You seem to already be figuring out that you really do not have to grip the bars tightly, and you should try not to rely so mush on your arms to hold you up. In other words, don't lean so far forward. If you feel that you must, then maybe a set of bar backs would help you, or maybe just raising the bars will help.

    I like the idea of doing some moving around around on the bike while riding. And I too have been known to stand upright on the pegs for a few miles, especially during a many hundred mile long day. Last year, in New Mexico, I must of stood for about half-hour while running along around 60 - 65. But I have a GS Adventure do it may be more easy to do that with it than your RT.

    I have also found that my butt gets sore. Well, to be honest, everyone's butt gets sore. But I'm so short that I have an extra low seat of of the low-suspension R model. So not much cushion there. so after about 125 miles, I take a break and drink some water or whatever. Usually by the time I have about 350 miles under my belt, the soreness goes away. Then I can ride the rest of th day with no sore or numb butt. Never have figured that out.

    Also, watch your posture as you ride. And if your back hurts, maybe try a adding some back support.

    In the end, just ride. You'll adjust over time. And remember, if you get too tired, pullover and take a break or call it a day. You must stay alert all the time.
    '09 BMW 1200 GSA, 2013 BMW 700GS, 2000 Goldwing SE, '09' V Star 950, '09 Honda Rebel,
    '77 Honda 750A. Holding at six til I get new garage built - need more room for more bikes!

  13. #13
    Registered User lkchris's Avatar
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    I ride an Airhead RS--very unique, forward leaning riding position.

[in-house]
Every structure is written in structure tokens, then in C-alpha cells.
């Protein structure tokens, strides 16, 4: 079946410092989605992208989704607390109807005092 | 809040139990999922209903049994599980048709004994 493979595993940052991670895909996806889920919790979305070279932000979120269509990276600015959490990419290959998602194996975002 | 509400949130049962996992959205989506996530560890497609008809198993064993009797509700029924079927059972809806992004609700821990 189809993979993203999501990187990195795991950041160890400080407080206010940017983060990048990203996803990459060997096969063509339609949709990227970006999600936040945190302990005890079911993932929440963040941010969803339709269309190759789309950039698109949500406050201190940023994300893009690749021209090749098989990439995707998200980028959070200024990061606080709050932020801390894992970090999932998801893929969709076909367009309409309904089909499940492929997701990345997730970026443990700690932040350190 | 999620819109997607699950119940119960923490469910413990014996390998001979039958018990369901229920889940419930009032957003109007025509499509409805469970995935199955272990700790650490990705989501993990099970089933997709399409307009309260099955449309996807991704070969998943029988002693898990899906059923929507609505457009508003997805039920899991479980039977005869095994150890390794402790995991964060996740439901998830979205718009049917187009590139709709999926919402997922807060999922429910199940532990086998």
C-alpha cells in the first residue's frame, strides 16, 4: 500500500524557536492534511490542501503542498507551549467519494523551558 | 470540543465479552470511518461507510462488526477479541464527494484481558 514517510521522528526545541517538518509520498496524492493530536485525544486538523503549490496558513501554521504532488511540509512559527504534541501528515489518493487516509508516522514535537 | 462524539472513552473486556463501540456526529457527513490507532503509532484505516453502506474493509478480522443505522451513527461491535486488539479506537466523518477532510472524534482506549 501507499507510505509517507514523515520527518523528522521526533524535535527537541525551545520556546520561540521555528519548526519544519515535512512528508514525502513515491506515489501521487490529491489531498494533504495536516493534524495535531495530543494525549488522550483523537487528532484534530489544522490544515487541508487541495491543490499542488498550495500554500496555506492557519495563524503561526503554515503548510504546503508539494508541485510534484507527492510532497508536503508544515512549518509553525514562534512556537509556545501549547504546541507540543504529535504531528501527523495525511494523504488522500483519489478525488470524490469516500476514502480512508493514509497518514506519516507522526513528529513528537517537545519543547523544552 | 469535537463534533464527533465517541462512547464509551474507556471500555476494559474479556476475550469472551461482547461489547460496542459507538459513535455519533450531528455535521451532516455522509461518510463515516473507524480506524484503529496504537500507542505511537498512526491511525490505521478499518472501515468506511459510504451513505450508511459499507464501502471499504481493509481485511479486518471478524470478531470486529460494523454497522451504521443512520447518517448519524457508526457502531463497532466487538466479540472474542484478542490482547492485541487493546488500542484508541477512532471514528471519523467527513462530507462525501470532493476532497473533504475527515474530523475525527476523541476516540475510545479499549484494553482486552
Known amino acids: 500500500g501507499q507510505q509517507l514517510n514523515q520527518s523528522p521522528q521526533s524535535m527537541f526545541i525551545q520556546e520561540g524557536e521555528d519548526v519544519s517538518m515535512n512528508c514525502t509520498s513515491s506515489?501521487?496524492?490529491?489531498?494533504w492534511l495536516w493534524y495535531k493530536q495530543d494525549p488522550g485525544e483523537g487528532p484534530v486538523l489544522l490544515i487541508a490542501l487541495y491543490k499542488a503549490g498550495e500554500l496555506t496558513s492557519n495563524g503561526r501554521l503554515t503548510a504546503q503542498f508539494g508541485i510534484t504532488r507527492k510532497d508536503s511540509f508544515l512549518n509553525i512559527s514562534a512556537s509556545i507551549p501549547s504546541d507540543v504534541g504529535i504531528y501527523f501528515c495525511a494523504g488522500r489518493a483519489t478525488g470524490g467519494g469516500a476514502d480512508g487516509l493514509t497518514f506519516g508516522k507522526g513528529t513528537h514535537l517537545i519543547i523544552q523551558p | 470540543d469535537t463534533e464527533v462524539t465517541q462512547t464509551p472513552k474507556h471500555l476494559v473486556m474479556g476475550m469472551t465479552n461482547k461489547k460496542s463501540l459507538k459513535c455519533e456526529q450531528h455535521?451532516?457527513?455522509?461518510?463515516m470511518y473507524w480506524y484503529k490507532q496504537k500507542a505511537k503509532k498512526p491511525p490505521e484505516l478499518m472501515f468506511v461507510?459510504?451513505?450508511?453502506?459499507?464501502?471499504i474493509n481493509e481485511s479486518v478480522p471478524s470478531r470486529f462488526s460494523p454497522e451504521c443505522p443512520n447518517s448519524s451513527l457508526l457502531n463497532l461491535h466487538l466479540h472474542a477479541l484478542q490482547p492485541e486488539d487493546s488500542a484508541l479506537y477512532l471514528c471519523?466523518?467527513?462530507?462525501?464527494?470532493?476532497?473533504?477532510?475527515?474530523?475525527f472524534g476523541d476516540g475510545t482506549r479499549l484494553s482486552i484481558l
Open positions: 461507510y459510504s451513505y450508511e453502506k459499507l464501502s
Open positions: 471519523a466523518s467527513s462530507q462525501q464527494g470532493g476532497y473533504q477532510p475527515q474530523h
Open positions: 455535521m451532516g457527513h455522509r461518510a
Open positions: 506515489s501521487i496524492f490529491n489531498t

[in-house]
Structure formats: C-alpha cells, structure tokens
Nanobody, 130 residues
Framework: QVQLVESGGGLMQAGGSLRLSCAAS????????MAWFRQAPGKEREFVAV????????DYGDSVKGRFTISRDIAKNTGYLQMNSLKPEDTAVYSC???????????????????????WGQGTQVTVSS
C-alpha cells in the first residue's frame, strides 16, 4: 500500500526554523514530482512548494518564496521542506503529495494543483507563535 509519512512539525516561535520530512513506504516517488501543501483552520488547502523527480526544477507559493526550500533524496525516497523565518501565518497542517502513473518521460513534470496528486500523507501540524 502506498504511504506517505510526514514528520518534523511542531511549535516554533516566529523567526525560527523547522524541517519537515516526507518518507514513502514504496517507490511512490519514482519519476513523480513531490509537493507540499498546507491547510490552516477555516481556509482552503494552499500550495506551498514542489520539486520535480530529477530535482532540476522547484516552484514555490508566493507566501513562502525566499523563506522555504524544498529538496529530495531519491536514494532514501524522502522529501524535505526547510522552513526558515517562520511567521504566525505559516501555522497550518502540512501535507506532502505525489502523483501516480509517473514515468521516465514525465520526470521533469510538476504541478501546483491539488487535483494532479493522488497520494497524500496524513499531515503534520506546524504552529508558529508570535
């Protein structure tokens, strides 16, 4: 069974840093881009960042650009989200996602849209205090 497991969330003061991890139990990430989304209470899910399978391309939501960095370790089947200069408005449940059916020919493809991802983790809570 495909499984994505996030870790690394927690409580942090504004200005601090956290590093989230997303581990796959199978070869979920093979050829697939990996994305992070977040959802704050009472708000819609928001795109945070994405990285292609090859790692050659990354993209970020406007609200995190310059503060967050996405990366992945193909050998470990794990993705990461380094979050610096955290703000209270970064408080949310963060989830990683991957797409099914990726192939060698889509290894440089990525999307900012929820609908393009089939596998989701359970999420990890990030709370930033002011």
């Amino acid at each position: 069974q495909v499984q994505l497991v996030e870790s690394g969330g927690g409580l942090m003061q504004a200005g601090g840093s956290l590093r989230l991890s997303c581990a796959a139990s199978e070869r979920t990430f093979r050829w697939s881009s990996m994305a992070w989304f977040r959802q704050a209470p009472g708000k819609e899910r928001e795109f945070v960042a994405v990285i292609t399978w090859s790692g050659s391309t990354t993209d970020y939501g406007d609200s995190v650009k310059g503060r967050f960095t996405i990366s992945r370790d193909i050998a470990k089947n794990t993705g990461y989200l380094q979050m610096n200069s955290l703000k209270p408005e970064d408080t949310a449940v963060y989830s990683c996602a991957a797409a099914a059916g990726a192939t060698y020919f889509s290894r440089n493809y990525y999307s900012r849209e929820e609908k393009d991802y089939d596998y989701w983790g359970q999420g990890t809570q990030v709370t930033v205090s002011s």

I recently had the opportunity to fly to Washington state and ferry an R1100RT back to Albuquerque. VERY different, upright riding postion.

    On this ride EVERYTHING hurt on me that hurts riding the RS. Same parts, same way.

    Moral: it's YOU, not the bike.

    If you painted houses every day, it wouldn't hurt like it does when you paint yours every decade or so.

    I've found that on week long rides, the hurting goes away on the 2nd-3rd day.

    LOTS of money spent thinking it's a bike problem rather than a rider problem.

    Save those stock seats, because when you sell your bike I don't want your Corbin.

    Ever heard the joke ... woman and man both try on a pair of pants that don't fit very well. Woman's reaction is, I need to lose some weight. Man's reaction is there's something wrong with the pants. We all know, don't we, that women always see things "smarter."
    Kent Christensen
    21482
    '12 R1200RT, '02 R1100S, '84 R80G/S

  14. #14
    Registered User
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    Question blooddogwoodworks

    If you do not mind me asking, how many years have you lived?

    PM me if you wish.
    "What is beautiful is simple, and what is simple always works"....Kalashnikov, inventor of the AK-47.
    Currently bikeless, but looking hard! "Center yourself in the vertizontal. Ride a motorcycle...namaste' "

  15. #15
    Dale Rudolph
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    I will be 60 in a few months and started riding a motorcycle a year ago after
    not riding for over 30 years. It took me almost 1,500 miles of riding before I
    was really able to start to relax and enjoy myself. I was tensed up and sometimes
    wondered if I should be riding again. Some of the adjustments you have to make
    are not physical, they are learning to relax and ride within your limits, not what
    someone else is doing.